||And all the usual boring stuff from the bloody pulpit:
Alban pricing: These three wines were ordered from John's 3-pak that were
offerred earlier in the year. Not sure what the shelf prices are,
but I suspect they are lower. Strange business when you pay more
to order the wine as a pre-release from the winery than you do off
the retail shelf.
The Alban Roussanne: This wine was pretty loaded w/ toasty oak and most
of the tasters thought it over-oaked. I think the jury is out on
this wine. It has an impressive intensity of Roussanne fruit and
a high acidity that I think will make the wine age into something pretty
spectacular. Because this wine has so much stuff going on in it; I strongly
recommend it be served at a cool room temperature, warmer than most
SQN Tarantella: Manfred & Elaine's white wines in the past have been
all about power and intensity and loaded w/ toasty Fr.oak. From the
color on pouring, I was expecting more of the same. Surprise, surprise.
The oak on this wine was quite restrained. Although no one varietal
character dominates, the wine is all about elegance and grace; a wine that
you just sort of are seduced by. Terrific stuff and seems out of
place in that huge/massive bottle.
Lodi Syrah: In the last few weeks, there has been some discussion on WCWN
about Syrah being planted in warm-climate areas and how it seems
to display much more varietal character there than a lot of other
varieties. This Rosenblum Lodi Syrah was a great example of that. The wine
was very ripe but tasted as if the acidity had been adjusted. But it showed
plenty of Syrah varietal character and only a touch of that earthy/mushroomy
character you get from Lodi wines. My expectations (based on the
price & origin) were rather low for this wine and I was quite
surprised at how tasty a wine it was. Much better than the R.H.Philips
EXP for a low-end Syrah. Another variety (besides Zin and Viognier)
that looks like a keeper in Lodi.
Qupe HillSide Reserve Syrah: I followed this wine from the very start.
Its always been my favorite of BobLindquist's wines. His Syrahs are
less about power and intensity and more about grace and complexity;
almost the Ridge of the Syrah world without the strong winemaking
style that dominates in the Ridges (the "Draper perfume" as George calls
it). The Hillside Syrah oft displays a rather unusual (for Calif)
green olive character that I associate w/ less than ripe Syrah in
the Rhone (Alain Graillot comes to mind) that often is thought a defect
in the wine. I feel it adds a certain level of complexity myself. Maybe
there IS something to that terroir thing!!
Novy Syrah: I've followed Adam Lee's (Siduri label for Pinot) Syrahs from
the very start. These two are a big step up over the '98; very impressive.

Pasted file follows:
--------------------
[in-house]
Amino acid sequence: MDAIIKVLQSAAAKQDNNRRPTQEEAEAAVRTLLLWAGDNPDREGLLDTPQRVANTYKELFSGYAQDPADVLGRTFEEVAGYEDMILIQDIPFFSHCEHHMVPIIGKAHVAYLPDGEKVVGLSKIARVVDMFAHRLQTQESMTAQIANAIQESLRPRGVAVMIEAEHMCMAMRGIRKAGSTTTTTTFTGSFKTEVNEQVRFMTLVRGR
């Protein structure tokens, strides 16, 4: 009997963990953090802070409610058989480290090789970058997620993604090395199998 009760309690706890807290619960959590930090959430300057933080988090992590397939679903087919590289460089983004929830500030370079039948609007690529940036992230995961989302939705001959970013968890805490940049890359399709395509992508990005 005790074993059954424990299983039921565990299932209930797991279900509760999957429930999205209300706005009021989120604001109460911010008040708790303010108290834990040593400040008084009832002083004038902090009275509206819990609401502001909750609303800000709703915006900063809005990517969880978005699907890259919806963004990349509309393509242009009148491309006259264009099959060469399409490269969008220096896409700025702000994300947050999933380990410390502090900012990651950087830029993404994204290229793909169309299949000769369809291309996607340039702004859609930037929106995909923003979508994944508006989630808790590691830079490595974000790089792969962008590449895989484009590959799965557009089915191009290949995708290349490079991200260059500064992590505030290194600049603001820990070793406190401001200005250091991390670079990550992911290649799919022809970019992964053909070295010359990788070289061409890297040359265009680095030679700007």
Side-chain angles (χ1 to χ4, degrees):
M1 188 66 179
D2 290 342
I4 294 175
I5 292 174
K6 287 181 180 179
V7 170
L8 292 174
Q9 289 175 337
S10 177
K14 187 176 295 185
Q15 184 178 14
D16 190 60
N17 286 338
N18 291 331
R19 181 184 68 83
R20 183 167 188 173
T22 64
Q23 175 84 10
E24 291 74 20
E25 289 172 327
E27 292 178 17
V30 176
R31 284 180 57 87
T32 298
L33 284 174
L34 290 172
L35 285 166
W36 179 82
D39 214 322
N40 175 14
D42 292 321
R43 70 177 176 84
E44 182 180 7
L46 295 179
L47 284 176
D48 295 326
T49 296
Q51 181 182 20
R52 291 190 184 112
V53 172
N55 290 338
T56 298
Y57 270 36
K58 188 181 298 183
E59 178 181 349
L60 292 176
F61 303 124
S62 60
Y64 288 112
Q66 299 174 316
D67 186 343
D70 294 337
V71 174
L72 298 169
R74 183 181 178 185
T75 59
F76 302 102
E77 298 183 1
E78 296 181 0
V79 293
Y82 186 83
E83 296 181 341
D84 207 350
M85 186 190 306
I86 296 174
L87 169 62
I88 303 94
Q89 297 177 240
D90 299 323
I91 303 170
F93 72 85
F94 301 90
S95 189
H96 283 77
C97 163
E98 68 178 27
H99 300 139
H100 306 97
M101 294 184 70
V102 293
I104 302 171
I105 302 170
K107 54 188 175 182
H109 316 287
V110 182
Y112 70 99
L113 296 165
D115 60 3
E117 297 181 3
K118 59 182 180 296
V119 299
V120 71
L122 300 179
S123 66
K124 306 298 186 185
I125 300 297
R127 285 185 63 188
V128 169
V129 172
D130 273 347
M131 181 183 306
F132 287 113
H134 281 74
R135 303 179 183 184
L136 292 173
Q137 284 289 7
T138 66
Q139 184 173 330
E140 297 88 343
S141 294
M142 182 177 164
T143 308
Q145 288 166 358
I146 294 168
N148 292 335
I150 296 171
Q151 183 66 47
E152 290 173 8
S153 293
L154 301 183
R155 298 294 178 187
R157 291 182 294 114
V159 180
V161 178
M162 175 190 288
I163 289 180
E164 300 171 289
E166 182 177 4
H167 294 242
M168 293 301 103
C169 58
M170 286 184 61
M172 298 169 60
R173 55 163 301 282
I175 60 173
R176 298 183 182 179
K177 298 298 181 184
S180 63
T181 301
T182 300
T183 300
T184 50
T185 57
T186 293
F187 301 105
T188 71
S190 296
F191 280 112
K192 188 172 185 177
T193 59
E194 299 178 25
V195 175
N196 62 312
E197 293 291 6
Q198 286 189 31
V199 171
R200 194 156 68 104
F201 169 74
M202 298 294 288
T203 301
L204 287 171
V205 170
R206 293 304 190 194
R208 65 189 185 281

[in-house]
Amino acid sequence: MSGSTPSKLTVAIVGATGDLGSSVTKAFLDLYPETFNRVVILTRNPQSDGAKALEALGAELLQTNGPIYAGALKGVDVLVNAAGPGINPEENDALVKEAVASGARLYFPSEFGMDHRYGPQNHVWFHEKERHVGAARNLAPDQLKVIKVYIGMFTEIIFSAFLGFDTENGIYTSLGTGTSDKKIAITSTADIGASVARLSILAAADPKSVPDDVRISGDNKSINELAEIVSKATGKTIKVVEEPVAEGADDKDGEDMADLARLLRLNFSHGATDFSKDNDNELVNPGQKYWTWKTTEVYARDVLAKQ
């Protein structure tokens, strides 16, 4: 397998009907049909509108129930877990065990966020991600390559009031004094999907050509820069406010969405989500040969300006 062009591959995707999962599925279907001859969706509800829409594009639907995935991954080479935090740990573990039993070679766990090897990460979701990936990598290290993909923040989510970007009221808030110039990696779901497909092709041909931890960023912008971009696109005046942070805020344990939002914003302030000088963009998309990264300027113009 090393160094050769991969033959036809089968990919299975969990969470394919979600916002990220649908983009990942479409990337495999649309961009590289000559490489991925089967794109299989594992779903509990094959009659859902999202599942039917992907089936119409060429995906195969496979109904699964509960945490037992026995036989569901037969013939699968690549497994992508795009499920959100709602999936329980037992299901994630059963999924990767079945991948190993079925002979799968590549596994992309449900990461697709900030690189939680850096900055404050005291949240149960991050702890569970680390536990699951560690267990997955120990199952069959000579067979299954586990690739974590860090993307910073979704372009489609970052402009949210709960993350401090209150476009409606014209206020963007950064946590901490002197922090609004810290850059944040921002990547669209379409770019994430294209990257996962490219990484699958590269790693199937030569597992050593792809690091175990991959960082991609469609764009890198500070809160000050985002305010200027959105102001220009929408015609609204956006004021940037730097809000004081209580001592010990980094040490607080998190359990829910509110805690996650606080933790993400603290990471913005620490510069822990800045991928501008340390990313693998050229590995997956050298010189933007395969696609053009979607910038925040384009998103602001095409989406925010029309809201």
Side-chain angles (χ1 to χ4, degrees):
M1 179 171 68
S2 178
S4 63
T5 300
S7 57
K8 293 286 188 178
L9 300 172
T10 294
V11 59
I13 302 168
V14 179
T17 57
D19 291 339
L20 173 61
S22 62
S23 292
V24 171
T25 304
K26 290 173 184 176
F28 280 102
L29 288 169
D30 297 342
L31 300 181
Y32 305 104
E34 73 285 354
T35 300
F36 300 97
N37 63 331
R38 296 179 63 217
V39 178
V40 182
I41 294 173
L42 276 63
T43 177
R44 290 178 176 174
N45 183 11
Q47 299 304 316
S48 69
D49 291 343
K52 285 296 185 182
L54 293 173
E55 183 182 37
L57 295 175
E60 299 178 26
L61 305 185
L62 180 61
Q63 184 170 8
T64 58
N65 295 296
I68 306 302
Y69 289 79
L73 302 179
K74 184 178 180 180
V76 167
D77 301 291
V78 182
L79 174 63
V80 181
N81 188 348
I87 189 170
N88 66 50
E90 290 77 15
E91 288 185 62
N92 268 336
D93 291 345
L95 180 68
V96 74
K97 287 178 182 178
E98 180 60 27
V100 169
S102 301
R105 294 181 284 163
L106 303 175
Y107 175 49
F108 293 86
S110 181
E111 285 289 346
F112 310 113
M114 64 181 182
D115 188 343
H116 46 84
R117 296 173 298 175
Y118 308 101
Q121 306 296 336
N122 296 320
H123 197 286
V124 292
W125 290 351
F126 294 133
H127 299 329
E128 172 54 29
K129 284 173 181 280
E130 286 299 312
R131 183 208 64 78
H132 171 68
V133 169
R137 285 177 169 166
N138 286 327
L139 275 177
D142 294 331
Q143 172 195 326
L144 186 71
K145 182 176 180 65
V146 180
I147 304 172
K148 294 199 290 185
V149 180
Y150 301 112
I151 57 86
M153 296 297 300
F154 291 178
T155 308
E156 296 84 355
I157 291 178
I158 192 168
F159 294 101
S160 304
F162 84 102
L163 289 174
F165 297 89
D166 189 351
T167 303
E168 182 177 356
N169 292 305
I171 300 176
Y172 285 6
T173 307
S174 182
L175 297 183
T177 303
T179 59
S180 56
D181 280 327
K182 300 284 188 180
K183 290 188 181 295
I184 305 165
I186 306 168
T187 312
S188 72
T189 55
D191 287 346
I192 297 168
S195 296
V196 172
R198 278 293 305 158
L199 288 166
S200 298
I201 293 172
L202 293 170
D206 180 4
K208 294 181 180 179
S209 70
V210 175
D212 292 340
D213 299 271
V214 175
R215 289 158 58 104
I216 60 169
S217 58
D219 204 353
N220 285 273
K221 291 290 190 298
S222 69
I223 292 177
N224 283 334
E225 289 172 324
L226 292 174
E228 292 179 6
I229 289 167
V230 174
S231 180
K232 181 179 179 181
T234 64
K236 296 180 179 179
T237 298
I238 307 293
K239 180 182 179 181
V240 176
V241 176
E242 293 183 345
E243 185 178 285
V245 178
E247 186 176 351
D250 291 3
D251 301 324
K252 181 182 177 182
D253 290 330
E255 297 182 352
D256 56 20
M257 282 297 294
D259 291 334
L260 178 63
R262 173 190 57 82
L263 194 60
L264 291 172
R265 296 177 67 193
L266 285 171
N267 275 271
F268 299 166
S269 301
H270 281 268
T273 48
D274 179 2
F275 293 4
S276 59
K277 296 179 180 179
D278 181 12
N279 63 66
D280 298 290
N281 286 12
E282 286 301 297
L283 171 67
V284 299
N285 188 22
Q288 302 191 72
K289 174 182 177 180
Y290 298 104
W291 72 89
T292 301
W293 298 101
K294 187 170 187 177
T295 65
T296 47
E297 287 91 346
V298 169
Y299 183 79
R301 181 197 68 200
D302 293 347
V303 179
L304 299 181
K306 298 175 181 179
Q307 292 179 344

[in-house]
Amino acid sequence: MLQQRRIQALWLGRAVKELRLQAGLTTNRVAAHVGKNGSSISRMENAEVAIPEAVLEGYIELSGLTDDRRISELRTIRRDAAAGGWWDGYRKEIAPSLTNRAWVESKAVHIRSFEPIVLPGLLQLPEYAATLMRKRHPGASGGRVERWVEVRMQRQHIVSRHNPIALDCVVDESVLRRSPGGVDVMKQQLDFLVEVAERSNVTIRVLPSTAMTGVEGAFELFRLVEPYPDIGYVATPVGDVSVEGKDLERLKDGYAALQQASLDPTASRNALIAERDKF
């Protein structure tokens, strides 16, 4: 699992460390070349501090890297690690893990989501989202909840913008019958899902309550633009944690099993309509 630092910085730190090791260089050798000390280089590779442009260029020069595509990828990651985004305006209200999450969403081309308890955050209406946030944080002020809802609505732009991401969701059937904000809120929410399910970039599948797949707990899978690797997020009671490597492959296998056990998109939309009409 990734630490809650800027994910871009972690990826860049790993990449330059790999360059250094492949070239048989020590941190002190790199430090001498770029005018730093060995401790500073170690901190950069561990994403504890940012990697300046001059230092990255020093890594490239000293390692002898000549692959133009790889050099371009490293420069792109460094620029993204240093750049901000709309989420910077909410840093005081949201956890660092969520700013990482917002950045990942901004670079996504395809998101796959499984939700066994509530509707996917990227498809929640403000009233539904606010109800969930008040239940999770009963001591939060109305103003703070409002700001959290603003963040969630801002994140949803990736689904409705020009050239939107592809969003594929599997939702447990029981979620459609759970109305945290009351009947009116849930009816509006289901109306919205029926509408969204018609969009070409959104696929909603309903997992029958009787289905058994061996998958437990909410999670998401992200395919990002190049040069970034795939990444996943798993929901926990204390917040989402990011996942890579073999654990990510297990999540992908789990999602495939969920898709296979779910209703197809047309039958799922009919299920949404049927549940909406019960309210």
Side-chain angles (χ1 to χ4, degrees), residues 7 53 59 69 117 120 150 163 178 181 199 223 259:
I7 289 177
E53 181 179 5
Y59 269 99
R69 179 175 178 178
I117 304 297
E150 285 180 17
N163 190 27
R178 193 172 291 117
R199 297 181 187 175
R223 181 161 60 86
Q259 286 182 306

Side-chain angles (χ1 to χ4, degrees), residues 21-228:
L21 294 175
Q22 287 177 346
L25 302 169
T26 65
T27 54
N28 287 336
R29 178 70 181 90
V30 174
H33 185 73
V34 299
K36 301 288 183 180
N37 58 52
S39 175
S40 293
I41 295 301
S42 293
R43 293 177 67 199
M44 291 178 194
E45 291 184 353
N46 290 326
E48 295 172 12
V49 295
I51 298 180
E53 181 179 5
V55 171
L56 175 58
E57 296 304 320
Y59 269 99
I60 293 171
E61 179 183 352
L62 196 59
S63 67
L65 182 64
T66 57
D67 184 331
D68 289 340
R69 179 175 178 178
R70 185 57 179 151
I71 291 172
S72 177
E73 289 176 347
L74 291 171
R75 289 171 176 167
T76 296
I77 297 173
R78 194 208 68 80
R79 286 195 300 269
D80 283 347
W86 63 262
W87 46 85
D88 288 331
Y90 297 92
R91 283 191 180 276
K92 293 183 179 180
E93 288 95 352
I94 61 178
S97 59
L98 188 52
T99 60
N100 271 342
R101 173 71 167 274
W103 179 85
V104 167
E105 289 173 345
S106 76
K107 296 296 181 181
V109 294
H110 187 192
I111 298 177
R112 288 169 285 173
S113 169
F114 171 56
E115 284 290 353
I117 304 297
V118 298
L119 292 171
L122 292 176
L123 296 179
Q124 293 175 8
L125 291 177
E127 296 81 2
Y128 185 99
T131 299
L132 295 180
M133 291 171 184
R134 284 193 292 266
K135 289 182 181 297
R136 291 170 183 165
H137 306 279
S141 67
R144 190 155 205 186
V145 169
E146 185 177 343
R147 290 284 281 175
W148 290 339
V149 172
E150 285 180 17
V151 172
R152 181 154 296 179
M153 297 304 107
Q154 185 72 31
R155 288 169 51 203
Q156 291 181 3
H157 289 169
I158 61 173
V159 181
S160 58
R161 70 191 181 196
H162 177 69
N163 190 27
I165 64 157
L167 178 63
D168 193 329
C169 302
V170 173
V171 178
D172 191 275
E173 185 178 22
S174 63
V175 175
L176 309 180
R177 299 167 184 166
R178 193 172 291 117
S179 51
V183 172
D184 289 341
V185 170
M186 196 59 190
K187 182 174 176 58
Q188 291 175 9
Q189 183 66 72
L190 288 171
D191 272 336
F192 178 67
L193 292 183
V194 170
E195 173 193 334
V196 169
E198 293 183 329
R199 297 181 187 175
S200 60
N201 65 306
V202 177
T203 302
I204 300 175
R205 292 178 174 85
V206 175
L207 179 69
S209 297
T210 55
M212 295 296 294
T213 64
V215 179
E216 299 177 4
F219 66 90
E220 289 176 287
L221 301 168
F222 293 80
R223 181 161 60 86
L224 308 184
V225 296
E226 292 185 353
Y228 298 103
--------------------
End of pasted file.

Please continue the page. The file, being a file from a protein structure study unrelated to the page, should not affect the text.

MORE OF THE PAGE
A had originally expected Adam's Syrahs to be a bit like the Dehlingers...
taste like a Syrah made by a Pinot producer. These two taste like
Syrahs made by a Syrah producer. Definitely one of the top Syrah producers
Carlisle Syrah: I've followed Mike Officer's wines from the very start;
back when they were Ho-Made in his garage. They were outstanding
wines then and have just continued to get better and better. This
Syrah is one incredible wine, about the purest expression of Syrah fruit
from Calif I've ever seen. Mike is an unabashed admirer of Aussie
Shiraz and, had he loaded it up w/ American oak, this would be a
dead-ringer for great Oz Shiraz. Thank God he didn't. One of the
things I like so much about his wines, including the Zins, are their structure.
Even though they are quite ripe, they have a structure (both tannins
and acids) to them that keeps them from being soft and flabby. A
great wine by a great winemaker. Alas, pretty much all sold out so
it'll be hard to find. Maybe the Liquor Barn in SantaRosa. Also Boulevard
Cafe in SanFrancisco and The Wine House there as well.
Stolpman Vineyard: I've been following the wines from this vnyd from the
very start that have been made by various winemakers. When the StolpmanVineyard
wines are tasted side-by-side with those from RollRanch and BienNacido
and Alisos Canyon, to name a few, the Stolpman versions always seemed
to be a bit lighter and less depth and less intensity than those other
ones. So, I've never labeled the Stolpman Vineyard as one of Calif
great Syrah vnyds.... until now. So it's now official.... Stolpman
is one of Calif great Syrah vnyds... based on this Ojai. This Syrah,
I think, is every bit up to the level of Adam's other Syrahs, Roll Ranch
and BienNacido. Maybe even better than the Bien Nacido. This Stolpman
Syrah had a very unusual spicy fragrance to it that I really loved.